Too Long at the Fair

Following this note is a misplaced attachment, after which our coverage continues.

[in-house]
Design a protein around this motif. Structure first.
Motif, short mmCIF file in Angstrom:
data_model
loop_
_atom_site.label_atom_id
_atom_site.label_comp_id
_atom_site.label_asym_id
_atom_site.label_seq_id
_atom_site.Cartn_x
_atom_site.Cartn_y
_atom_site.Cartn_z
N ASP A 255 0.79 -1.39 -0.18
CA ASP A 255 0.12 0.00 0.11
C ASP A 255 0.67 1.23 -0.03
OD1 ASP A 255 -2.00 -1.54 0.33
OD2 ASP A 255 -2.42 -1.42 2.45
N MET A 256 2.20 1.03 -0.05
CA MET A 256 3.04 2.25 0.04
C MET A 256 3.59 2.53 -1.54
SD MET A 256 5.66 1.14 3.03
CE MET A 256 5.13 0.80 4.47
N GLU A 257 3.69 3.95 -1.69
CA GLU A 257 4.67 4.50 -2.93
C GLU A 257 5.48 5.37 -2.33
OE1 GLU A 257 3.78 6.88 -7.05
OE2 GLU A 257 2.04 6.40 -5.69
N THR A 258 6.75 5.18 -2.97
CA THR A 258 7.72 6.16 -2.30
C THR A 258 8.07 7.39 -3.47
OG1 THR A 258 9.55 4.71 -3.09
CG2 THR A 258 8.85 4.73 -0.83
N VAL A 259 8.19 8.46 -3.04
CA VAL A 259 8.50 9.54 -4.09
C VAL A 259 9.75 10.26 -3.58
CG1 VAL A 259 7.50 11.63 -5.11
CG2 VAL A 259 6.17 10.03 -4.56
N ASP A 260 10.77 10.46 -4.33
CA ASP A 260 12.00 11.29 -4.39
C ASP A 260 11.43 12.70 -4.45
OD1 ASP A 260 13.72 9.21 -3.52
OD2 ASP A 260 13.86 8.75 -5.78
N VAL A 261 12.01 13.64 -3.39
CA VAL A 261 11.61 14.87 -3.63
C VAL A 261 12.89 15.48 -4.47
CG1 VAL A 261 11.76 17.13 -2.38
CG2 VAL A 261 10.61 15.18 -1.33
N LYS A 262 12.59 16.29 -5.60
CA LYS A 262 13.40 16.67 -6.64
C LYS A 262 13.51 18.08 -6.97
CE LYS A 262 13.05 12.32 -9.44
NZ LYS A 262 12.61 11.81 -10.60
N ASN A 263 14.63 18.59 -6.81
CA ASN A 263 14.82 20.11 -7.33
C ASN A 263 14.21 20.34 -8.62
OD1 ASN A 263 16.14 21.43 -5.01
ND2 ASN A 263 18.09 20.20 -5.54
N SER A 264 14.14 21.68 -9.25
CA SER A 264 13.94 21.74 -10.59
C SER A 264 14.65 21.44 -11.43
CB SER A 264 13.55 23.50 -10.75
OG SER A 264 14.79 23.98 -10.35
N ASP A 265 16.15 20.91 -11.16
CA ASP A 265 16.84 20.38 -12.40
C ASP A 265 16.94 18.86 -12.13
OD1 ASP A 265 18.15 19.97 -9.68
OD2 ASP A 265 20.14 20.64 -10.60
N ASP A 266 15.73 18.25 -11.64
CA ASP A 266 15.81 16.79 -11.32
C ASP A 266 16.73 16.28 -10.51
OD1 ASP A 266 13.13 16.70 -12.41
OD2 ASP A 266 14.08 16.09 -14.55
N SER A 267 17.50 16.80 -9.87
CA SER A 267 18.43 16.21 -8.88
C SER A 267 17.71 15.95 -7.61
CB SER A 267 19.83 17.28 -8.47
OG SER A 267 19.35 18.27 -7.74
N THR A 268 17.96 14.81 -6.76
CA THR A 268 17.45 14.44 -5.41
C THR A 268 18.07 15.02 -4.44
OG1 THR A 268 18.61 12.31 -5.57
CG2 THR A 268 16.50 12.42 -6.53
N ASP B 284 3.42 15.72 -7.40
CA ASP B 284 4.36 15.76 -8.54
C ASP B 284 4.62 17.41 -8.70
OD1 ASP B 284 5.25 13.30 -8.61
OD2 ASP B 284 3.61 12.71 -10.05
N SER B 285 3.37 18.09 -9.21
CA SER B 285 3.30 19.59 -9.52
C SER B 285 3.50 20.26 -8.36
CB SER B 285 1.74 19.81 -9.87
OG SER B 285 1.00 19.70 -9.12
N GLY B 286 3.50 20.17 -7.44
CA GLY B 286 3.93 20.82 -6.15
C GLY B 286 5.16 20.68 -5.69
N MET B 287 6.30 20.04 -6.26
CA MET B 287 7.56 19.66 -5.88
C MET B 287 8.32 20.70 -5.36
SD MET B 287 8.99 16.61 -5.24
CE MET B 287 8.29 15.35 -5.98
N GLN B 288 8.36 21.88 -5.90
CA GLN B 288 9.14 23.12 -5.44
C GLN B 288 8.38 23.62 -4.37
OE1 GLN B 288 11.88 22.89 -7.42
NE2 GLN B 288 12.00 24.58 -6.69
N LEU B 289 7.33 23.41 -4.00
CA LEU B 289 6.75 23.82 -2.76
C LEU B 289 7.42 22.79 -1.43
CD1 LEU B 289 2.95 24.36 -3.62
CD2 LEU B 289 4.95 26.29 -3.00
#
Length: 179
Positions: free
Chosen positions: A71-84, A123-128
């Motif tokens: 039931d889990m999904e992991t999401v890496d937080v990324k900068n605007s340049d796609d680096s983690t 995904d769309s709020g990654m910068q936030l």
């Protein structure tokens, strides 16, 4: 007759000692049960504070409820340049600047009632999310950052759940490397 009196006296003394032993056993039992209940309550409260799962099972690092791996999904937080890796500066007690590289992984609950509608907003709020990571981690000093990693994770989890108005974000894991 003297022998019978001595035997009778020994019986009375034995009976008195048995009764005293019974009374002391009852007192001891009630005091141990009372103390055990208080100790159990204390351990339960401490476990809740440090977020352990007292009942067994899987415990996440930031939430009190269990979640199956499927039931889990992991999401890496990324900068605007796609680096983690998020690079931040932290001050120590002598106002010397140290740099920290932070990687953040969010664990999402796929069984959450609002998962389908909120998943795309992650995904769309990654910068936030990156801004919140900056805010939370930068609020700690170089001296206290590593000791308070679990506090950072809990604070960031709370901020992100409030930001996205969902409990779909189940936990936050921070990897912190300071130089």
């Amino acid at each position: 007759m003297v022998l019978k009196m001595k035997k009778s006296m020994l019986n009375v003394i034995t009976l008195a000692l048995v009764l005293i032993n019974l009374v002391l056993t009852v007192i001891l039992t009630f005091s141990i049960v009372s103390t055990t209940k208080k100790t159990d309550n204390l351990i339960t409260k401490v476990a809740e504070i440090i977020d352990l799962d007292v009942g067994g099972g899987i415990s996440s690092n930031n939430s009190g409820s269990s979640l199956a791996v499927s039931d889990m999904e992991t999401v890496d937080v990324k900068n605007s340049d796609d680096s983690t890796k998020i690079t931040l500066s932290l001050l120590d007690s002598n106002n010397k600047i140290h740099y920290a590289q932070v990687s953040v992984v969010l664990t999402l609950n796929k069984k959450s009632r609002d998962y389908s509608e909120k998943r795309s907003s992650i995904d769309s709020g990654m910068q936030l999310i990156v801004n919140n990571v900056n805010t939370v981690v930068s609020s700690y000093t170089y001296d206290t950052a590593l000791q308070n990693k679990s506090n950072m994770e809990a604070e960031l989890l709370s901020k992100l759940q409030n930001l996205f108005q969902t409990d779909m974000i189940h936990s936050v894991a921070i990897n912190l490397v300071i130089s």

Rob Galbraith is best known as a record producer and music publisher in Nashville. He has produced Grammy award winner and Country/Rock legend Ronnie Milsap since the late '70's and as a publisher signed and developed some of Nashville's most successful and often treasured writers. However, many remember him as the blues/rock artist-writer whom Billy Sherrill signed to Columbia in 1969 and who later signed with RCA in 1975. Galbraith's "Nashville Dirt" album for Columbia was critically reviewed by many publications of that day with Rolling Stone saying "if Bessie Smith and William Faulkner had a kid, that kid would be Rob Galbraith". He later recorded the album 'Throw Me A Bone' for RCA that Galbraith laughingly refers to as "destined for obscurity" after the then marketing VP in New York described it as "rural jazz". Fred Mollin, a friend, fan and record producer of some repute, finally cajolled and persuaded Galbraith to record again. Galbraith did a few of his older songs and several new ones and released 'Too Long At The Fair' in 2004. (It was recently released in Japan on Vivid Records and RCA Japan also re-issued 'Throw Me A Bone' as a CD.) But he was most thrilled with the musicians who worked with him: Chester Thompson (Weather Report, Frank Zappa, Phil Collins); David Hungate (Toto); Jack Pearson (The Allman Brothers, Delbert McClinton); Bruce Dees (James Brown); Larry Paxton, Catherine Marx, Max Abrams, and several others. Most of them had worked with him as a producer but were surprised and moved when they came to know him as an artist. They now play live with Rob on occasion when he surfaces and does a live date.